His overall fight record in all forms of boxing is 317 bouts, 266 wins, 40 losses and 11 draws with morethan 150 wins by knockout.

Sagat was both muay Thai and kickboxing world champion and won the Lumpini championship three times.

In boxing, he was world champion across three associations, with a professional record of 14 fights and 12 wins.


A renowned innovator, Sagat is credited with introducing several crucial methods deployed in Mixed Martial Arts (MMA).

His skills also brought wealth, regularly fighting for purses of 450,000 baht in Thailand and US$25,000 overseas.


No longer interested in gaining fame for himself as a boxer, Sagat began entertaining offers from gyms around the world hoping to bring him on board as a trainer.

He eventually took a job in Australia, where he spent a year passing on his experience to younger boxers.

He was also asked once to enter a boxing match representing Australia under the condition that if he won, he would get to raise the Thai flag. He won.

Sagat then moved to Japan, where he already had a reputation as a strong and fierce fighter, to teach at a gym in Osaka.


Then in 1994, the release of the Street Fighter video game helped bolster his claim to fame.

The game featured a boss character named Sagat, depicted as the "Emperor of Muay Thai" and renowned for his incredible power....

...The company that produced the video games, capcom, never contacted Sagat asking to use his likeness, nor did he receive any direct financial benefit.

Sagat said he considered suing Capcom, but eventually decided against it after considering the time and money the lawsuit would have required.

But Sagat has still managed to use the game to his advantage as a tool for self- promotion -- he isn't shy about telling strangers that he's a Street Fighter character.

He used that name recognition to land jobs in Italy and America as a trainer, travelling under the name "Sagat Thailand" to reinforce his Street Fighter credentials.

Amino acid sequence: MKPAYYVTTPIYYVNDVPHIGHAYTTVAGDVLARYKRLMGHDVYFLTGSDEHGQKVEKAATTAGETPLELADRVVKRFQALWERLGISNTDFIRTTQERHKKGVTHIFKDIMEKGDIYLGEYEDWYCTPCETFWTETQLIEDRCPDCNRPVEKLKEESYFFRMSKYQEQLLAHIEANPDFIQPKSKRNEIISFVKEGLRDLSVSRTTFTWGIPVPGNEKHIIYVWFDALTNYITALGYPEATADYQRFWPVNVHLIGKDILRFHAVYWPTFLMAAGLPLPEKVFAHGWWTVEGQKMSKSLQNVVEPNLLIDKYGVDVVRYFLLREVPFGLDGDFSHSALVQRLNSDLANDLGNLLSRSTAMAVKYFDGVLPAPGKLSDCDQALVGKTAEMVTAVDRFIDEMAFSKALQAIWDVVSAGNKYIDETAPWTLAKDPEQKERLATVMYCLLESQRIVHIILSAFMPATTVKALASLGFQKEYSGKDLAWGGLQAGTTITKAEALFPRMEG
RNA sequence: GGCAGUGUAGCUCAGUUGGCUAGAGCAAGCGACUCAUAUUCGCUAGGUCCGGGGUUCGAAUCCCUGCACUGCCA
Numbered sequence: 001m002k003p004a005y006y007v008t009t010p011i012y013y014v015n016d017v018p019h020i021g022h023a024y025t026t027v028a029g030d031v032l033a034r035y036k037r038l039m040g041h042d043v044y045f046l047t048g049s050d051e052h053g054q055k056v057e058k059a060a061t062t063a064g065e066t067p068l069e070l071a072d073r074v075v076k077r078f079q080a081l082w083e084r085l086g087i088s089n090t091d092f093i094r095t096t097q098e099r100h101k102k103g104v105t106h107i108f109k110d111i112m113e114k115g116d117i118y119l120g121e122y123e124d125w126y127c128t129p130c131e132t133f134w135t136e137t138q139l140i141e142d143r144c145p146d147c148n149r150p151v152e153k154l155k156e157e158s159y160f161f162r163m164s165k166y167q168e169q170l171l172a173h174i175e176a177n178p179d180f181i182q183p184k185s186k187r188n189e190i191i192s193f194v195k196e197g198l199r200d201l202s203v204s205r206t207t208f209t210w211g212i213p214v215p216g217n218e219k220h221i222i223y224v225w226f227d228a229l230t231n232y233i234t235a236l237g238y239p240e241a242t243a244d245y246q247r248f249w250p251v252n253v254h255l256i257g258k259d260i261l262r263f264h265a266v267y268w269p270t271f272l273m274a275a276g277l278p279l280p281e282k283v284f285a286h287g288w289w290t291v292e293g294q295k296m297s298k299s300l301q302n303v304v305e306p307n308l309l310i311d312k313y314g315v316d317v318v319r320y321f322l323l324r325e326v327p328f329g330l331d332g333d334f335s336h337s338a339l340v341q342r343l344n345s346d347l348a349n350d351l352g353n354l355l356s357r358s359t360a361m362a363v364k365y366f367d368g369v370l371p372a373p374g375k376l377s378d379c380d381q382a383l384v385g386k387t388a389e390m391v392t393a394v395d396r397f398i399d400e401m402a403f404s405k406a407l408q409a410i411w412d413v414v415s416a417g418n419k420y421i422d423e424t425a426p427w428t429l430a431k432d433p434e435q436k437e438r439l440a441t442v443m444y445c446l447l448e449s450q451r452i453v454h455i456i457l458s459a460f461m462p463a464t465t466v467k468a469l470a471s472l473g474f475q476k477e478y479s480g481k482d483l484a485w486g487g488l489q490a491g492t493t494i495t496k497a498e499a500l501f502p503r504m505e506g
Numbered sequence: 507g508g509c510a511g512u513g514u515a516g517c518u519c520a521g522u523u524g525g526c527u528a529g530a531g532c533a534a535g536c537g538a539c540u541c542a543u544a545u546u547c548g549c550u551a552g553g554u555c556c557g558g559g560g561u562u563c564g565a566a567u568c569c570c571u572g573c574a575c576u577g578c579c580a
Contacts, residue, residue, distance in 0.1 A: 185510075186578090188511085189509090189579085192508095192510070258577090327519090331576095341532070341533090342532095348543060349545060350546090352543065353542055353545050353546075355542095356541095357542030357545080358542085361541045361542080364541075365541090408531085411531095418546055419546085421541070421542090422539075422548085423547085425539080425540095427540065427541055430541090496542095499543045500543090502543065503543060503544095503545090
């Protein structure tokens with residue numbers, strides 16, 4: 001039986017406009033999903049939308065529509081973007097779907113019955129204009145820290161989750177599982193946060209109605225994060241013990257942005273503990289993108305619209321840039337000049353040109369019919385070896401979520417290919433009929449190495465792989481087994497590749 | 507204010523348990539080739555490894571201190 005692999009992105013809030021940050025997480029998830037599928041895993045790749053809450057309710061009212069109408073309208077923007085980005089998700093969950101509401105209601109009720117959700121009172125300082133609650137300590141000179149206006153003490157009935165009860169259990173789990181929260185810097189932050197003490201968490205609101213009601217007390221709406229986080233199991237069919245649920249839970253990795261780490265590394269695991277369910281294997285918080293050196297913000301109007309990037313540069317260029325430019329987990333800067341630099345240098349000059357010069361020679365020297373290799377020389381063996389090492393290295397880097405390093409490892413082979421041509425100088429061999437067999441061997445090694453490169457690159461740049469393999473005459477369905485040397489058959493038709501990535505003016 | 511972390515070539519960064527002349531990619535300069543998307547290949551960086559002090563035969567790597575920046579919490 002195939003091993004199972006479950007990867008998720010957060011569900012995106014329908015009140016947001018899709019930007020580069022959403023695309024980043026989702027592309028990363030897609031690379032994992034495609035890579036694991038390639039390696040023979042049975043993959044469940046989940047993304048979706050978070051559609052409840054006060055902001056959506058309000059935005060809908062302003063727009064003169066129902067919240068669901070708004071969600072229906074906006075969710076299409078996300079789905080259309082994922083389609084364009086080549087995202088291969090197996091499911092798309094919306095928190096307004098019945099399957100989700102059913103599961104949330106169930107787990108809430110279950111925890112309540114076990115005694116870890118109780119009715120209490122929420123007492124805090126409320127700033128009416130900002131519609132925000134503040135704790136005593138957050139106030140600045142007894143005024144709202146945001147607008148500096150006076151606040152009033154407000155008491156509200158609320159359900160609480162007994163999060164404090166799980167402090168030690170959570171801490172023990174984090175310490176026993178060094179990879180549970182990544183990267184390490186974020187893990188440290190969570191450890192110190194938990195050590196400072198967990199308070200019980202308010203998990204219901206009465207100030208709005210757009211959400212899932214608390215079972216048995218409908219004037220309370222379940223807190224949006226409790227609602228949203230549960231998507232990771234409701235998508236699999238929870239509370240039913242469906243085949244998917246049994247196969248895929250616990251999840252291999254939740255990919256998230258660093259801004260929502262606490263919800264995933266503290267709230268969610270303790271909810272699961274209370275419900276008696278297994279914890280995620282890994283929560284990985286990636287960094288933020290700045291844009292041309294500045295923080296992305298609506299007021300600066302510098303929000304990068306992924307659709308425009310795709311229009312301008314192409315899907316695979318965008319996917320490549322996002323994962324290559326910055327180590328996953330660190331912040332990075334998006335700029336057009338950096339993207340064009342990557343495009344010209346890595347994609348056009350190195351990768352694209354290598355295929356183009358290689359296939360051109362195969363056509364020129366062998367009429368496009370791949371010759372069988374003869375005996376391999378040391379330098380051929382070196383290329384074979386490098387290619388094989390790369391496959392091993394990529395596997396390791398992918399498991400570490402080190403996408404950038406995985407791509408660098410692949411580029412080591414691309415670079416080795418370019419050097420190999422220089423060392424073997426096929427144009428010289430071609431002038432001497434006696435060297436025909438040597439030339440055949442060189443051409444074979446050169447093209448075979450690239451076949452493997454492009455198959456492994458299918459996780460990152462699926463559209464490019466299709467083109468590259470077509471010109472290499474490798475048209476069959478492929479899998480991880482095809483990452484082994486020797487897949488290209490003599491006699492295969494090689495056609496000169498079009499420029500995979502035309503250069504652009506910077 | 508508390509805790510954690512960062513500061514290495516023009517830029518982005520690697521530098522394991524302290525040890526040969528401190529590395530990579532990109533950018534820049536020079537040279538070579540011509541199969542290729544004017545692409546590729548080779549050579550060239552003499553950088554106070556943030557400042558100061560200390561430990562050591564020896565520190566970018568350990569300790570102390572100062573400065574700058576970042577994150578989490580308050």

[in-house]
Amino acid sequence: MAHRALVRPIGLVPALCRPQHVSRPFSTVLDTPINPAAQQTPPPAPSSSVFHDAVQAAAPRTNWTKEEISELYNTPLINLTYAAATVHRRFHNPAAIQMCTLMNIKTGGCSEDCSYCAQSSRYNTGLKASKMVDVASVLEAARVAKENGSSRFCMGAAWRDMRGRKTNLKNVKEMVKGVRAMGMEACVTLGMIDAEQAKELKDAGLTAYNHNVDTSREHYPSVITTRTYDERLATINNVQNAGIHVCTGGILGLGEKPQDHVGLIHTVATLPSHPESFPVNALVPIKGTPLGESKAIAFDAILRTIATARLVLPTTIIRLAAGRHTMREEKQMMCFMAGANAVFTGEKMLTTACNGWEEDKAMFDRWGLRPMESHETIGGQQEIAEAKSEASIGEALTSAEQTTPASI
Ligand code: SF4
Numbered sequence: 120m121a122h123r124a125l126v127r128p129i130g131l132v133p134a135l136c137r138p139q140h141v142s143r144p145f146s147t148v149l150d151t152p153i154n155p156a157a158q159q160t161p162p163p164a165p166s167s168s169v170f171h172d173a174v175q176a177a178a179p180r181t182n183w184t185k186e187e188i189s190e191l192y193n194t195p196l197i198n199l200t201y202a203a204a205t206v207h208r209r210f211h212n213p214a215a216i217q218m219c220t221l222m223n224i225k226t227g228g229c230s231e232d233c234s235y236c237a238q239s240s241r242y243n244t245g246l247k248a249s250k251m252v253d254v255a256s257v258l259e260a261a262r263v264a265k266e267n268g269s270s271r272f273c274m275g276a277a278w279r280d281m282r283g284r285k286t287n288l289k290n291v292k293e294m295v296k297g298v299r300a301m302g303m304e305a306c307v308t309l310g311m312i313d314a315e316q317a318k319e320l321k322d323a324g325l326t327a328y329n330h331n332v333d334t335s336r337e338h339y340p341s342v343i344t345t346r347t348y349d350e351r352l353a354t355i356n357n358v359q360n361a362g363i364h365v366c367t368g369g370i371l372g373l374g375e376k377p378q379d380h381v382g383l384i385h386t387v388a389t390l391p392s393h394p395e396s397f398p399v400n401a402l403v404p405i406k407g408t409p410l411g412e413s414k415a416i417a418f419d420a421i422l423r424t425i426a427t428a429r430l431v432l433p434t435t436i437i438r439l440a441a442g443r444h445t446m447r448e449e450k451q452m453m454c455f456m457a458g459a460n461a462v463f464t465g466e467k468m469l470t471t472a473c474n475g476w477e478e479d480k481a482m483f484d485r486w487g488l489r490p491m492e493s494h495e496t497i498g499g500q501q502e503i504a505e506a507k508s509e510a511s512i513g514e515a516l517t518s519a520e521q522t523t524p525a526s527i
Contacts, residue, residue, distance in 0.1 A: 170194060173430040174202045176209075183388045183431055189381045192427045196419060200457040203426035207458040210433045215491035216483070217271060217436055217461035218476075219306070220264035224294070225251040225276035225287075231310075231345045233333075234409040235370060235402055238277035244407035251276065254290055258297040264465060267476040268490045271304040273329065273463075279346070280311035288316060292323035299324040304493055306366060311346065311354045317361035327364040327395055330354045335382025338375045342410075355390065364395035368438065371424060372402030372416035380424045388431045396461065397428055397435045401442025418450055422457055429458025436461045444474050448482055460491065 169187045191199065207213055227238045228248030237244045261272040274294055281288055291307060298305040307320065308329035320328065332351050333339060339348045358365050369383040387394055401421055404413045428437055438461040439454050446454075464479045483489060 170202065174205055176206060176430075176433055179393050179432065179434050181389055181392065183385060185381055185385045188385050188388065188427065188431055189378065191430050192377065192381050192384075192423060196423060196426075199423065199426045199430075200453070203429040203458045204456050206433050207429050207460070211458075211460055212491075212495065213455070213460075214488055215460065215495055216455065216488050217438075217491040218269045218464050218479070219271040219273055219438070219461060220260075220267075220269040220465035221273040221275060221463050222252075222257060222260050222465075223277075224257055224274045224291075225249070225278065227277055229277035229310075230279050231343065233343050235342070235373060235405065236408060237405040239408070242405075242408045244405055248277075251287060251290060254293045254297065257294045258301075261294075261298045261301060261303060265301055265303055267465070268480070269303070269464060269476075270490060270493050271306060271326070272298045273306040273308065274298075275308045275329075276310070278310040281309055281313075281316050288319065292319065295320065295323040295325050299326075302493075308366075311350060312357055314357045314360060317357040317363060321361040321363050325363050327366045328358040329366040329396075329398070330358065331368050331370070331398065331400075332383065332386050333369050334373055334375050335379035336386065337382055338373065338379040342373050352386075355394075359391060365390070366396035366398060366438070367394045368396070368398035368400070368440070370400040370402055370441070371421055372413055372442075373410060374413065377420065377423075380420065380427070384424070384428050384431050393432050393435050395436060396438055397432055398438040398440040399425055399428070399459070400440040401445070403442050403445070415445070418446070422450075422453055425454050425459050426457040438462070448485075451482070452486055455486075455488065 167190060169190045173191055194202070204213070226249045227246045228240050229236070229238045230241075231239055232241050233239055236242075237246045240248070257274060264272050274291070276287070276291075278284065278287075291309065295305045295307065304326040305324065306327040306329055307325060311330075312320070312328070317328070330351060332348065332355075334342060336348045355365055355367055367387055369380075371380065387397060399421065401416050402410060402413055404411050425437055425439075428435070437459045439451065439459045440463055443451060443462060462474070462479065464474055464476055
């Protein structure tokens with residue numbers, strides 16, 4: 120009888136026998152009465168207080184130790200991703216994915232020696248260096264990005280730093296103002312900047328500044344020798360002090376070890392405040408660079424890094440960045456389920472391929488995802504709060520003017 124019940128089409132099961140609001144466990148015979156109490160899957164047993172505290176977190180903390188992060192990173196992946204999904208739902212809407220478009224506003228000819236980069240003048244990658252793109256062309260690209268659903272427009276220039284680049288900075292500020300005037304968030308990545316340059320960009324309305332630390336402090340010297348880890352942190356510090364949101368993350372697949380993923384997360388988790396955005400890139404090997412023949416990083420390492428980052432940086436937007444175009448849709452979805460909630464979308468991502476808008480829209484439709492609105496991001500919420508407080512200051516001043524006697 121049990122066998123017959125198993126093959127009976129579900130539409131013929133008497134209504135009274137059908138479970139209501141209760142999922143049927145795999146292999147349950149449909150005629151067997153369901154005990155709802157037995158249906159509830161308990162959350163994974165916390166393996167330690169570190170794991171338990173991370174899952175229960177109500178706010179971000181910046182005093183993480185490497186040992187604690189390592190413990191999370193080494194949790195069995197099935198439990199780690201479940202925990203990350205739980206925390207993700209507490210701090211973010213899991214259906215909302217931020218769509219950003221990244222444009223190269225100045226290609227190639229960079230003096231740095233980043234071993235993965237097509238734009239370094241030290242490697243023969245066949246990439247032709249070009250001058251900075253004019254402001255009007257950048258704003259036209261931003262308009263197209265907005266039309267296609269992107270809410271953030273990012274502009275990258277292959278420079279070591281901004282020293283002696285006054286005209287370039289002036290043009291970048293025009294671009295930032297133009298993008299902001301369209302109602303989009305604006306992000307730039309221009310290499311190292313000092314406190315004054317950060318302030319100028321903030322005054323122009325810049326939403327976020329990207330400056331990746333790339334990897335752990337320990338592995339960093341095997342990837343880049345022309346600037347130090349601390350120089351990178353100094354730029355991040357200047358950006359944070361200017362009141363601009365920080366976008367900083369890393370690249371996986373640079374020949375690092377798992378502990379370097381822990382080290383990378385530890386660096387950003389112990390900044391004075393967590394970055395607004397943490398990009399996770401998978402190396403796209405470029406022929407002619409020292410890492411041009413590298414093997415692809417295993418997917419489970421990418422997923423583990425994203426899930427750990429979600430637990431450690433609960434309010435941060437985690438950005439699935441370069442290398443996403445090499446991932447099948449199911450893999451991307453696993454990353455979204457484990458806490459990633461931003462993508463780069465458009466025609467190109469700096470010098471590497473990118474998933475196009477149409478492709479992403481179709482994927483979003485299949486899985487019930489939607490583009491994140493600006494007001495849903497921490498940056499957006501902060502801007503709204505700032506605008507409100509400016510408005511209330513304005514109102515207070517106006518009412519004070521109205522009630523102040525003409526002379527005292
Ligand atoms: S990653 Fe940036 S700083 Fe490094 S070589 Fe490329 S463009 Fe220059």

The fame and money Sagat earned from his boxing career meant he could have retired without ever working another day.

But it was around this time he lost the biggest fight of his life: drug addiction.

Sagat was first arrested for drug abuse in 2002.

A second arrest two years later would lead to prison time.

He struggled to kick his habit though, but was arrested again for distributing drugs in 2009, and sent back to prison for five years.

Eventually, Sagat became a boxing trainer at several fitness centres and eventually at the Sek Loso boxing camp.

The opportunities to train other people helped Sagat get his life back on track.

Even during the time he was in prison, he kept himself fit and trained other inmates.

Today at age 58, he says he can still kick like his 18-year-old self.

"Instead of sitting at home and accepting the fact that I am an old man, I want to show that people have to fight their way back up when they go down," Sagat said.

Sagat is now based at the Thai Boxing Master gym in Bangkok, where he trains rising young fighters.

"One of the most important lessons I want to give to all young boxers is not to be overly confident, because fame doesn't last forever," Sagat said.

"It is also important to save the money you earn and not to spend it foolishly."

"The only thing more difficult than winning a championship is defending one."

About the author

Writer: Jon Fernquest
Position: Online Writer